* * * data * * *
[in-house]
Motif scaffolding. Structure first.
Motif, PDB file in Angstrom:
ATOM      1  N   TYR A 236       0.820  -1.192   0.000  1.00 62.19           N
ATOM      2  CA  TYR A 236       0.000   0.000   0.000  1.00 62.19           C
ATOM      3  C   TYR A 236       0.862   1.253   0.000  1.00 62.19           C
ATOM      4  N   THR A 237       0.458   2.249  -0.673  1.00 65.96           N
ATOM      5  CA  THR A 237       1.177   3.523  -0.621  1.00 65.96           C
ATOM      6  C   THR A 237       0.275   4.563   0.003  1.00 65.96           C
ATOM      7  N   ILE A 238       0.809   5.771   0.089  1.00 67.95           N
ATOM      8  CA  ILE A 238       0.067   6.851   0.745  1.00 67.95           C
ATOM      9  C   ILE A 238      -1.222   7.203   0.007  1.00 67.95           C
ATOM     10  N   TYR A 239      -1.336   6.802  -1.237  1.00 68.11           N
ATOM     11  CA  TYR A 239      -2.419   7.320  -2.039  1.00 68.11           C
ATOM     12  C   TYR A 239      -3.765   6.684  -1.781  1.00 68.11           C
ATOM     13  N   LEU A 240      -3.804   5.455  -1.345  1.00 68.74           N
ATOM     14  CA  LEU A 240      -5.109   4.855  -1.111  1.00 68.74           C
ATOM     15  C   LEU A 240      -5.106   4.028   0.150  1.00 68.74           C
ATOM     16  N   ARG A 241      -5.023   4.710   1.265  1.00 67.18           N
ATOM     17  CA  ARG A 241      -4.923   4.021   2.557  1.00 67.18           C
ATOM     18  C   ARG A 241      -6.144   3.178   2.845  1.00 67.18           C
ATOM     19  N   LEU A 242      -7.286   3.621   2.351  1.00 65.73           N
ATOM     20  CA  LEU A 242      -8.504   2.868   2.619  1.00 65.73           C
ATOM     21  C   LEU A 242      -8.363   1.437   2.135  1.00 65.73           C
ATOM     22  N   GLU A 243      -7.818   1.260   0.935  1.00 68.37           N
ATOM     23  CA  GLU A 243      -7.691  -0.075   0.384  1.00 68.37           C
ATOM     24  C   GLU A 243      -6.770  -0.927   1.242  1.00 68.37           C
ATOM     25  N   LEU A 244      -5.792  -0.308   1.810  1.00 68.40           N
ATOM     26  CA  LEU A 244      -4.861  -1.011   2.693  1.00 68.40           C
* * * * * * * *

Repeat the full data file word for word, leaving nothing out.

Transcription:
[in-house]
Motif scaffolding. Structure first.
Motif, PDB file in Angstrom:
ATOM      1  N   TYR A 236       0.820  -1.192   0.000  1.00 62.19           N
ATOM      2  CA  TYR A 236       0.000   0.000   0.000  1.00 62.19           C
ATOM      3  C   TYR A 236       0.862   1.253   0.000  1.00 62.19           C
ATOM      4  N   THR A 237       0.458   2.249  -0.673  1.00 65.96           N
ATOM      5  CA  THR A 237       1.177   3.523  -0.621  1.00 65.96           C
ATOM      6  C   THR A 237       0.275   4.563   0.003  1.00 65.96           C
ATOM      7  N   ILE A 238       0.809   5.771   0.089  1.00 67.95           N
ATOM      8  CA  ILE A 238       0.067   6.851   0.745  1.00 67.95           C
ATOM      9  C   ILE A 238      -1.222   7.203   0.007  1.00 67.95           C
ATOM     10  N   TYR A 239      -1.336   6.802  -1.237  1.00 68.11           N
ATOM     11  CA  TYR A 239      -2.419   7.320  -2.039  1.00 68.11           C
ATOM     12  C   TYR A 239      -3.765   6.684  -1.781  1.00 68.11           C
ATOM     13  N   LEU A 240      -3.804   5.455  -1.345  1.00 68.74           N
ATOM     14  CA  LEU A 240      -5.109   4.855  -1.111  1.00 68.74           C
ATOM     15  C   LEU A 240      -5.106   4.028   0.150  1.00 68.74           C
ATOM     16  N   ARG A 241      -5.023   4.710   1.265  1.00 67.18           N
ATOM     17  CA  ARG A 241      -4.923   4.021   2.557  1.00 67.18           C
ATOM     18  C   ARG A 241      -6.144   3.178   2.845  1.00 67.18           C
ATOM     19  N   LEU A 242      -7.286   3.621   2.351  1.00 65.73           N
ATOM     20  CA  LEU A 242      -8.504   2.868   2.619  1.00 65.73           C
ATOM     21  C   LEU A 242      -8.363   1.437   2.135  1.00 65.73           C
ATOM     22  N   GLU A 243      -7.818   1.260   0.935  1.00 68.37           N
ATOM     23  CA  GLU A 243      -7.691  -0.075   0.384  1.00 68.37           C
ATOM     24  C   GLU A 243      -6.770  -0.927   1.242  1.00 68.37           C
ATOM     25  N   LEU A 244      -5.792  -0.308   1.810  1.00 68.40           N
ATOM     26  CA  LEU A 244      -4.861  -1.011   2.693  1.00 68.40           C